For Fichte, the social contract is a contract like any other, which means it is first of all grounded in nature and thus revocable there as well. There is no antithesis between nature and society for Fichte, unlike Kant and Rousseau. Gueroult describes this moment in Fichte’s writing as indecisive and equivocal, and argues that this tension will only be resolved in Fichte’s work after 1794, which witnesses a more robust critique of the Rousseauist valorisation of the state of nature.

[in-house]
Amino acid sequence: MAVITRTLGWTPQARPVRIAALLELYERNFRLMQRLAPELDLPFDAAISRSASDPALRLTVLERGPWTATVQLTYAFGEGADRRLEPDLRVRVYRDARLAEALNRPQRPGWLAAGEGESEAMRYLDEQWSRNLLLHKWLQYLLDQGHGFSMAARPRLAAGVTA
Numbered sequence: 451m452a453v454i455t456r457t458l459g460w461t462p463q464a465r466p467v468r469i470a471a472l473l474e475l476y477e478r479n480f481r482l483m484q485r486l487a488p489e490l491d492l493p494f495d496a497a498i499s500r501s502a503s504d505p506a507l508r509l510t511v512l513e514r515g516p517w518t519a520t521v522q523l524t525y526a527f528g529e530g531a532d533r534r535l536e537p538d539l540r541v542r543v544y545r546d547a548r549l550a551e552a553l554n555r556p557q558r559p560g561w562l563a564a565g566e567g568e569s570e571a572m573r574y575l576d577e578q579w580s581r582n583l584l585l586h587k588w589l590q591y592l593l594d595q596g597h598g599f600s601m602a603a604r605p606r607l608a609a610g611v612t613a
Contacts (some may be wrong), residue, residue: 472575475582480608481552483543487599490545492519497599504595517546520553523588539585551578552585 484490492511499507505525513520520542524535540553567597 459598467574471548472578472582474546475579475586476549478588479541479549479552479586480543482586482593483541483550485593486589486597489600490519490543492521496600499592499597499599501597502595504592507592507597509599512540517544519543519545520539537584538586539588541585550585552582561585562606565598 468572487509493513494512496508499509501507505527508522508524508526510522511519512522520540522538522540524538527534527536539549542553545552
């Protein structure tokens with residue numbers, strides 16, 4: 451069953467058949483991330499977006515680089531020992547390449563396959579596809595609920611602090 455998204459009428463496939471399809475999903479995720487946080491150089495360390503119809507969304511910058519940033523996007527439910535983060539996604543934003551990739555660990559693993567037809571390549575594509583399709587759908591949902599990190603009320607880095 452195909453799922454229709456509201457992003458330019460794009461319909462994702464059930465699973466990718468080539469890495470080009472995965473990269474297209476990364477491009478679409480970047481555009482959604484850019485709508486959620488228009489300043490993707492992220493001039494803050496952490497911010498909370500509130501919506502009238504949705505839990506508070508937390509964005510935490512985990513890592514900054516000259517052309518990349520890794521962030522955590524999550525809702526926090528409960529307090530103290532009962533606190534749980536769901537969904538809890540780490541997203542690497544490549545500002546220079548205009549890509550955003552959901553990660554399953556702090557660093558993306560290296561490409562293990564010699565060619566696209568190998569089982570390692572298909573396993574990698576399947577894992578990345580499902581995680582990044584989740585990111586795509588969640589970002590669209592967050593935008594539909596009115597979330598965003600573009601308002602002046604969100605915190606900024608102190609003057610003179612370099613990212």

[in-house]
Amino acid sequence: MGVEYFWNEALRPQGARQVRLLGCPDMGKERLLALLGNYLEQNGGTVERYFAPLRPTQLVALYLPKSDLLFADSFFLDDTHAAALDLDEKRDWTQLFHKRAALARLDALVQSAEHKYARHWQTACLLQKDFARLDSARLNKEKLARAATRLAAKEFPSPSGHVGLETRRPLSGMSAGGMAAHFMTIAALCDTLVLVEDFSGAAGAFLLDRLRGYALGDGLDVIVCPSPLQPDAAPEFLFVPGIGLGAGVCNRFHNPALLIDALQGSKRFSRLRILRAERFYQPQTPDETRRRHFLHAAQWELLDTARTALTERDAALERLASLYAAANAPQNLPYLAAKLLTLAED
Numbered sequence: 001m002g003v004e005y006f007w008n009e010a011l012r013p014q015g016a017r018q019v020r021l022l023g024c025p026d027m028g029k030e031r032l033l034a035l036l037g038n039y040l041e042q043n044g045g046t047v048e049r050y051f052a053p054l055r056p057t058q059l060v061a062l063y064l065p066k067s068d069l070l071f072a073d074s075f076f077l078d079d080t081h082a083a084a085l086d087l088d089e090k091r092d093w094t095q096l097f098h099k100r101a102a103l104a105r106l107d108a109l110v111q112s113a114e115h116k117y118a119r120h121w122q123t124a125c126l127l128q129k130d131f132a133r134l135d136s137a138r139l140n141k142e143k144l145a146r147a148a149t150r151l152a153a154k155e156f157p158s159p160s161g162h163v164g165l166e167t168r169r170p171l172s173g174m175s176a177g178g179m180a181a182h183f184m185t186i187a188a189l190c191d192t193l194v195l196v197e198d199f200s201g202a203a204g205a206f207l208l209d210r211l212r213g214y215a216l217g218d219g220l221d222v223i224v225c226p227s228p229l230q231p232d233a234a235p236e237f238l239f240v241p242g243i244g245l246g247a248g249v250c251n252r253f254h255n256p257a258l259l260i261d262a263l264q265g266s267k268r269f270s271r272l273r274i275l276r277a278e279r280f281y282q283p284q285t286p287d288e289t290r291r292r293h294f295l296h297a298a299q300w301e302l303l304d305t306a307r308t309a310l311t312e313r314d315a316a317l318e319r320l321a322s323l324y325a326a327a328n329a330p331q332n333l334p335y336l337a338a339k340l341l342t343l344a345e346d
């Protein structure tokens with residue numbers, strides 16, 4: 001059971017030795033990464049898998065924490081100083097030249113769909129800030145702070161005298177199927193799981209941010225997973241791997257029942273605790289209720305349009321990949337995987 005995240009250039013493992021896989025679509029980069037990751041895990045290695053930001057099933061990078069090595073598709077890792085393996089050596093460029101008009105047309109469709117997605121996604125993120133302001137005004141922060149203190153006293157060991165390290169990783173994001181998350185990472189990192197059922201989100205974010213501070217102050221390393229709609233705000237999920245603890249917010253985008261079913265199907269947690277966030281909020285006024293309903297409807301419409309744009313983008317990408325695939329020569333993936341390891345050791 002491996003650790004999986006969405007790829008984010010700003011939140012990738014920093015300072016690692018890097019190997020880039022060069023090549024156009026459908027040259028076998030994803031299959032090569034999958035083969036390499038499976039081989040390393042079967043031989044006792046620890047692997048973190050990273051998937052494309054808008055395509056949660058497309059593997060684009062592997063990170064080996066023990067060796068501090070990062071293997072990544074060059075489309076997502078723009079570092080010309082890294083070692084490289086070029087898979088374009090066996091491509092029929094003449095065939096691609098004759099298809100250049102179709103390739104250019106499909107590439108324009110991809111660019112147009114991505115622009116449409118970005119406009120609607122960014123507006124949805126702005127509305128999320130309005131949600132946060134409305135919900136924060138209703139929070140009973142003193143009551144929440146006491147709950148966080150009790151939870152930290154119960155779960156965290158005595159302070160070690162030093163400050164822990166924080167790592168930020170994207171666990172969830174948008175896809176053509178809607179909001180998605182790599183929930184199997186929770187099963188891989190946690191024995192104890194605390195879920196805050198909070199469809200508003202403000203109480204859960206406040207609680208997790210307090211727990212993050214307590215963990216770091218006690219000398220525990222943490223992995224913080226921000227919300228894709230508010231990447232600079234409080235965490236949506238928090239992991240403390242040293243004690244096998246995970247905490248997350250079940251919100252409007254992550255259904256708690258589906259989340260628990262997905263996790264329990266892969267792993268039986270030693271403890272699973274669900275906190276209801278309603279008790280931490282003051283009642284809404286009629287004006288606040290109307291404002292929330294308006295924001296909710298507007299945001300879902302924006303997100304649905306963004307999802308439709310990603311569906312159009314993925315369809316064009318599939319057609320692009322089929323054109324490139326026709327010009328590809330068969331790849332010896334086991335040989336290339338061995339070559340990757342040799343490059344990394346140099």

Man’s natural tendencies are, for the Fichte of this period, hostile to law. They are given over to drive [Trieb] and idleness. By seeking to bring man back to his nature, Rousseau seeks to eliminate man’s vices. But to bring man back before the advent of his vices would also bring him back before the advent of his reason. Fichte detects a profound contradiction in Rousseau’s thinking. The latter wants to bring man back to moment of repose before an excessive development of sensibility. But, at the same time, he thinks this repose might be used for the ‘moral improvement’ of humanity. Gueroult notes: ‘this is a contradictory supposition, for it imputes to natural man the preoccupations of social and cultivated man: those of Rousseau himself’ (7). The error of Rousseau’s thinking is its blindness to the paradoxes which arise from its retrojective manoeuvres. The ideal state is posited as either fictive or ‘back then’. What has already been is what must be. But the ideal can only be realized through action, an action conditioned by the historical augmentation of needs which took us out of the state of nature in the first place. In Fichte’s own words: ‘[Rousseau] weakens sensibility instead of fortifying reason’ (8).